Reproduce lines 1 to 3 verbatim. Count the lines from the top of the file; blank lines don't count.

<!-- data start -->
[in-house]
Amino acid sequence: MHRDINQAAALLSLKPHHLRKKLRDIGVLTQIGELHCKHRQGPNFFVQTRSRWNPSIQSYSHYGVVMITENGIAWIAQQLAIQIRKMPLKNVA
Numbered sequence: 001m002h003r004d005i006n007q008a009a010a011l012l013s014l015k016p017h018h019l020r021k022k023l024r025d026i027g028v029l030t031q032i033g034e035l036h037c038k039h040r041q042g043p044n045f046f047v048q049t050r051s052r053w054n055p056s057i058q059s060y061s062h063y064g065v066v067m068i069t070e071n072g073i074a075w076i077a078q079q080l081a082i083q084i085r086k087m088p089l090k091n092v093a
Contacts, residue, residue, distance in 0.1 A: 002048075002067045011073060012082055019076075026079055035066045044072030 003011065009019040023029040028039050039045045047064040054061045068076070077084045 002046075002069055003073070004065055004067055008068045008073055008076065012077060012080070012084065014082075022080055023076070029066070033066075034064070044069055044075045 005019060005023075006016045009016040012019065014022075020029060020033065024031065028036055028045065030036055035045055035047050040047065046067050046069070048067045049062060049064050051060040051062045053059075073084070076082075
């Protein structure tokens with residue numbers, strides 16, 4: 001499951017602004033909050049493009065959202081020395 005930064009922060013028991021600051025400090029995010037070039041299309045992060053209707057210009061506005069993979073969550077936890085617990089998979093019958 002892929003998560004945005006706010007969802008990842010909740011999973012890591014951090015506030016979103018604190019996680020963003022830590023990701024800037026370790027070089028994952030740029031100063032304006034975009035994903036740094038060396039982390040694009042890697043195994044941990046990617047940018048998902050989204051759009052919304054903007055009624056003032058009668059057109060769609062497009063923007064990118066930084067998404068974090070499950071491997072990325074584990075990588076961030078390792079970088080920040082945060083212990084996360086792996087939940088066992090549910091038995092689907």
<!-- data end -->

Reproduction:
[in-house]
Amino acid sequence: MHRDINQAAALLSLKPHHLRKKLRDIGVLTQIGELHCKHRQGPNFFVQTRSRWNPSIQSYSHYGVVMITENGIAWIAQQLAIQIRKMPLKNVA
Numbered sequence: 001m002h003r004d005i006n007q008a009a010a011l012l013s014l015k016p017h018h019l020r021k022k023l024r025d026i027g028v029l030t031q032i033g034e035l036h037c038k039h040r041q042g043p044n045f046f047v048q049t050r051s052r053w054n055p056s057i058q059s060y061s062h063y064g065v066v067m068i069t070e071n072g073i074a075w076i077a078q079q080l081a082i083q084i085r086k087m088p089l090k091n092v093a